Cultural standards ver3.0

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  • 1. Cultural Standards Xixie Zhang & Prof. Dr. Hora Tjitra Hangzhou, Dec 11th 2010
  • 2. Agenda 1 Conceptualization of Cultural Standards 3 Background of Cultural Standards 4 How were Cultural Standards developed? 6 Features of Cultural Standards 8 2 Cultural Standards Method 12 3 Examples of Cultural Standards 15 4 Application of Cultural Standards 19 5 References 22 2
  • 3. Agenda Conceptualization of Cultural Standards
  • 4. Background of Cultural Standards• Kluckhohn & Strodtbeck (1961), Hofstede (1980), Hall (1990), Schwartz (1992), Trompenaars (1993) and House et al. (2002) have done many researches on cultural value dimensions. But in most cases they are quantitatively measured.• However, cultural dimensions do not directly predict the actual problems emerging in business and management encounters. They do not explain how business encounters are perceived, and how and why managers and staff react in specific ways. Building the Global Competence for Asian Leaders 4
  • 5. Background of Cultural Standards• Jean Paul Piagets (1962 & 1976) developmental psychology• Ernst Boeschs (1980) cultural psychology• Concept of action: • "An acting person is always considering possible views and judgments of their counterparts as well as own experiences and assumed experiences of others. A person reacting will always consider the desirability or necessity to achieve a consensus with a specific partner and also the norms of judgment of his own culture" or cultural context of an organization. Building the Global Competence for Asian Leaders 5
  • 6. How were Cultural Standards developed?• In 1991, by Alexander Thomas.• In Article Psychologische Wirksamkeit von Kulturstandards in interkulturellen Handeln (Psychological effectiveness of Cultural Standards in intercultural act ) Alexander Thomas• In the book Kulturstandards in der internationalen Begegnung (Cultural Standards in University of Regensburg international encounters).• Thomas developed “Cultural standards” as a way to generate more cultural specific and actionable knowledge. (Fink, Neyer, & Fölling, 2006) Building the Global Competence for Asian Leaders 6
  • 7. Definition of Cultural Standards• “Culture standards can be seen as the socially shared and accepted norms and values that are used by the individuals living within a particular culture to evaluate the behavior of each other.” (Thomas, 1999)• Culture standards are used to set standards, limits and to establish a frame of reference against which to measure behavior.• They are the central characteristics that define a culture.• They are the types of perceptions, thoughts, values, and behaviors, which are treated as normal, typical, and obligatory by the majority of the members of certain culture. (Thomas, 2005) Building the Global Competence for Asian Leaders 7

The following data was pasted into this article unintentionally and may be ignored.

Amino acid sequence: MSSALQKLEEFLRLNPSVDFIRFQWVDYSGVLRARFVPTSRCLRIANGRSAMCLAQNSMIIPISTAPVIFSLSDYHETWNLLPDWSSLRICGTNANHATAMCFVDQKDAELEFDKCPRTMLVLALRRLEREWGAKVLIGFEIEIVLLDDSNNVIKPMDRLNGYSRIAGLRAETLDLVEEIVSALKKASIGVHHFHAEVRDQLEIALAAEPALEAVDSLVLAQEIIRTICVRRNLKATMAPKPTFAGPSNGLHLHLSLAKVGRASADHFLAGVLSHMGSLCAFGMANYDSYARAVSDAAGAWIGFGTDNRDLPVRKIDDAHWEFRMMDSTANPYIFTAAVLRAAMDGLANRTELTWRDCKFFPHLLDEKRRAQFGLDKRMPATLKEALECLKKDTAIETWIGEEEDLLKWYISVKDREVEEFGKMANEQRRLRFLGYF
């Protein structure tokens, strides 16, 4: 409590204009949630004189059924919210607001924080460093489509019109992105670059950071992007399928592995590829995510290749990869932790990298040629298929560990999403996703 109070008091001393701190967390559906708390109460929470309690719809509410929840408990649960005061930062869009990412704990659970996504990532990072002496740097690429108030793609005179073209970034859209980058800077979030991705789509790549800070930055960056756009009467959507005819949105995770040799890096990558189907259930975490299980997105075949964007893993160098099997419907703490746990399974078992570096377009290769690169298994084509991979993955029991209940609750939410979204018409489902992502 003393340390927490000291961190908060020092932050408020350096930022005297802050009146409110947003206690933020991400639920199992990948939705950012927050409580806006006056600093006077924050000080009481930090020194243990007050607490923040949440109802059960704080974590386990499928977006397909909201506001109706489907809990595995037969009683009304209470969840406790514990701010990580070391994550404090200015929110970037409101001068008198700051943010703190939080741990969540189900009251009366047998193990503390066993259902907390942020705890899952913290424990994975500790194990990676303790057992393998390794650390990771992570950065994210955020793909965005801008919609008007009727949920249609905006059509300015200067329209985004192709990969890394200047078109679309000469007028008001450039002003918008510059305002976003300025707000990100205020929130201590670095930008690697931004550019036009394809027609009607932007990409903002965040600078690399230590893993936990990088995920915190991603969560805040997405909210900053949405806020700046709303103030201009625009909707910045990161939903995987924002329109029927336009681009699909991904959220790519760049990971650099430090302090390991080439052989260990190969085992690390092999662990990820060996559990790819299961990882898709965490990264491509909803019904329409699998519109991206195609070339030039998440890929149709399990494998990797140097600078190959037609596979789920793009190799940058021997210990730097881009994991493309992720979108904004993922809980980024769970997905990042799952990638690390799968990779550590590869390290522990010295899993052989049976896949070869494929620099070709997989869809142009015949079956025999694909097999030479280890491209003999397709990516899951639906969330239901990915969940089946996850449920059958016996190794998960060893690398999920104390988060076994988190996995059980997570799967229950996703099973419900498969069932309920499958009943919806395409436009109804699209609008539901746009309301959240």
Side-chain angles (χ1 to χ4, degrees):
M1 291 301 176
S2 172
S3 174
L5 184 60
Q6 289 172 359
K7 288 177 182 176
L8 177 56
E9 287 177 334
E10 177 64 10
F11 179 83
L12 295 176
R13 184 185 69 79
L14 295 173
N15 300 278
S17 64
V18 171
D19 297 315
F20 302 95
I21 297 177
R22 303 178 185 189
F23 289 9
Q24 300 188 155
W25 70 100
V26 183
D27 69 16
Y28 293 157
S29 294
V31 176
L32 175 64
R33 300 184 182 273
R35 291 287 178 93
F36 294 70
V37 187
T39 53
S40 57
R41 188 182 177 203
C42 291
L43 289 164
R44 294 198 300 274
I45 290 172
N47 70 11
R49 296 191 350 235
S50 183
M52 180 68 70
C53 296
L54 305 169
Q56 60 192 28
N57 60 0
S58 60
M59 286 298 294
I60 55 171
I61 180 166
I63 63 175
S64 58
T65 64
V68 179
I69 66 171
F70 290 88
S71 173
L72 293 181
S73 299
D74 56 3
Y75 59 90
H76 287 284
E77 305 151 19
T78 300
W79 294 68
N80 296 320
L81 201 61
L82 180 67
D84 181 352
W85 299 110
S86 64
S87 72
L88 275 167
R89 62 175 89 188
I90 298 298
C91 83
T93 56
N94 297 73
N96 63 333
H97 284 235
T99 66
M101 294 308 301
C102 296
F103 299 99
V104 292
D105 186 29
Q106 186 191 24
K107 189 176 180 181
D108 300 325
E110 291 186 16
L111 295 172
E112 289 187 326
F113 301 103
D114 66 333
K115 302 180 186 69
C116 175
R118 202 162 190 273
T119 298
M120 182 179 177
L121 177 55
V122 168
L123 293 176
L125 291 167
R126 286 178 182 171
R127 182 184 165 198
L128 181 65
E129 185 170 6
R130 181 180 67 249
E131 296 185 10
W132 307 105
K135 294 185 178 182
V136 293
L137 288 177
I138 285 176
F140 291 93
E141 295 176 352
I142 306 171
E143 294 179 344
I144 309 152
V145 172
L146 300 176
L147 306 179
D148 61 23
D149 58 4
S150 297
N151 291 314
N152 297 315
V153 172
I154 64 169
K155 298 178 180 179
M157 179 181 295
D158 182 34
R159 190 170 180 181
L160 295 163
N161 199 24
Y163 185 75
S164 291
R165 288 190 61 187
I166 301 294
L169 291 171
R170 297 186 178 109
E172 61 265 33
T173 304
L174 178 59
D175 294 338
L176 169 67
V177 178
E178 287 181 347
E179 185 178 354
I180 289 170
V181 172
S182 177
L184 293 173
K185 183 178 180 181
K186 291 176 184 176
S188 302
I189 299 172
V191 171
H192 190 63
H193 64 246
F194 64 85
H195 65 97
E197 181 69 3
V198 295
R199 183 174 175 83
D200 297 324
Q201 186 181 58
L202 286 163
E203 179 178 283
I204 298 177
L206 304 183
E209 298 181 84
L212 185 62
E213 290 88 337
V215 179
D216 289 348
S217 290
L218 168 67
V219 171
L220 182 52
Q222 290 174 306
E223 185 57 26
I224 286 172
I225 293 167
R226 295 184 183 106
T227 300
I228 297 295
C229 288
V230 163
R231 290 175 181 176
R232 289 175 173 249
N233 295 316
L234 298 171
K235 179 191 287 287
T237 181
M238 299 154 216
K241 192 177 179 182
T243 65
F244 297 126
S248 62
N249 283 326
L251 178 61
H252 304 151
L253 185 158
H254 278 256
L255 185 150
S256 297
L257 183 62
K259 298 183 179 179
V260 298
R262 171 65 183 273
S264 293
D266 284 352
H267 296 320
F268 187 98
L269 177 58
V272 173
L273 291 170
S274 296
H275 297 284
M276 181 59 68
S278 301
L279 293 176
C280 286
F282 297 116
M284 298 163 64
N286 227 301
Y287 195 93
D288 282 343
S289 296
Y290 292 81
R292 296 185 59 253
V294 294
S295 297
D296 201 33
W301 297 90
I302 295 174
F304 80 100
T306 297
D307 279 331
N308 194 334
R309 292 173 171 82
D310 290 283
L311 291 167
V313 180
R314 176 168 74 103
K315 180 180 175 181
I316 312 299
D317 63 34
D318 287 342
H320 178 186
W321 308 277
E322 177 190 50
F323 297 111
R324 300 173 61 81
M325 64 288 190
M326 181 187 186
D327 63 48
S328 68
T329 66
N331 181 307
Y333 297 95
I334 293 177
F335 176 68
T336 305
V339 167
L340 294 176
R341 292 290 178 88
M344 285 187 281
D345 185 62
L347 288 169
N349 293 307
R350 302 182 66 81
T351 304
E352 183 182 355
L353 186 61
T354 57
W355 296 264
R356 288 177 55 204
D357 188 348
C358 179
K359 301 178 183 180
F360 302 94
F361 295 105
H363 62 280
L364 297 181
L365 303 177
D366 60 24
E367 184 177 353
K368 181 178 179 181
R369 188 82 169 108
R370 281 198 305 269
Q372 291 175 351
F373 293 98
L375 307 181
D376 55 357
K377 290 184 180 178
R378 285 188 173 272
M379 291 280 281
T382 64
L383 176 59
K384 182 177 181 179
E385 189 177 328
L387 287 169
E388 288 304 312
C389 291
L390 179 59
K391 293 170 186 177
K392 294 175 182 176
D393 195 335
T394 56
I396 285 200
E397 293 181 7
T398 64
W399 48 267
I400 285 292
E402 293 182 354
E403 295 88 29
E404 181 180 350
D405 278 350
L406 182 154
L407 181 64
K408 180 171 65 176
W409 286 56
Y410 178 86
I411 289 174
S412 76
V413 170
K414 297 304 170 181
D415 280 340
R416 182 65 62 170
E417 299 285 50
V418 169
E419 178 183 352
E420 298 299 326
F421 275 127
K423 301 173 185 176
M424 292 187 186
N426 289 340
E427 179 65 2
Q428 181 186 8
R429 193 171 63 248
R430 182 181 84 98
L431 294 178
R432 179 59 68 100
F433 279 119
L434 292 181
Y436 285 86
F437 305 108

• 8. Cultural Standards as Orientation System• Culture standards serve as the orientation system for perception, thought and behavior.• Culture standards offer us a form of orientation to guide us through the process of deciding which mode of behavior is normal, typical, and acceptable and conversely, which mode of behavior is unacceptable.• Culture standards function as implicit theories or rules and are internalised by the individual during the process of socialisation. (Sylvia, 2005)• Culture standards make our fellowman’s behavior predictable. (Reisch)• Cultural standards regulate behaviour and guide individuals to assess observed behaviour. (Thomas, 1993) Building the Global Competence for Asian Leaders 8
  • 9. Characteristics of Cultural Standards• Cultural standards are not static, but constantly undergoing change. • Existing cultural standards can be gradually and incompletely repressed and replaced by more recent developments. • This only occurs when older elements prove unsuitable and restrictive in the present context. (Dinzelbacher, 1993) • However, “mentality is what changes the slowest (Le Goff, 1987)”, the rhythm of the rise and fall of cultural standards is therefore measured in generations and centuries. (Sylvia, 2005)• A cultural standard does not have the same strength in each member of a society or culture. (Sylvia, 2005) Building the Global Competence for Asian Leaders 9
  • 10. Limitations of Cultural Standards• Greatly reduces the complexity of reality• Be guilty of promoting stereotyping• There does not exist an individual whose thinking, feelings and actions always correspond exactly to the culture standards of their respective culture.• Reality is much more complex and multi-layered than the generalized and standardized culture standards. (Sylvia, 2005)• Cultural standards just describe each culture simply, incomplete, and undetailed. (Slate &Schroll-Machl, 2006)。 Building the Global Competence for Asian Leaders 10
  • 11. Limitations of Cultural Standards• It is the interplay between cultural identity and individual personality that defines the spectrum of available adaptation processes and possibilities for change within a culture.• Situations and structures also produce variables which in turn influence behavior: the conditions of the contact, the status of the groups and individuals involved, any possible competition taking place between them, etc.• The use of culture standards is just on way of preparing, planning and analyzing certain situations in which the cultural factors can be recognized and labelled.• All individuals involved as well as the respective situations are also major contributing factors to the success. (Sylvia, 2005) Building the Global Competence for Asian Leaders 11
  • 12. Cultural Standards MethodBuilding the Global Competence for Asian Leaders
  • 13. Cultural Standards Method• In more detail and more descriptively the cultural standard method deals with differences in the kinds of perceiving, norms of sensing, thinking, judging, and acting, which can cause critical incidents in cross cultural encounters (Thomas 1996, Fink/ Meierewert 2001).• There are four steps to collect data and to cope with various biases that might occur in this qualitative research approach: • narrative interview to collect critical incidents • transcription and content analysis • feedback with culture experts from home and counterpart culture • mirror studies/triangulation studies Building the Global Competence for Asian Leaders 13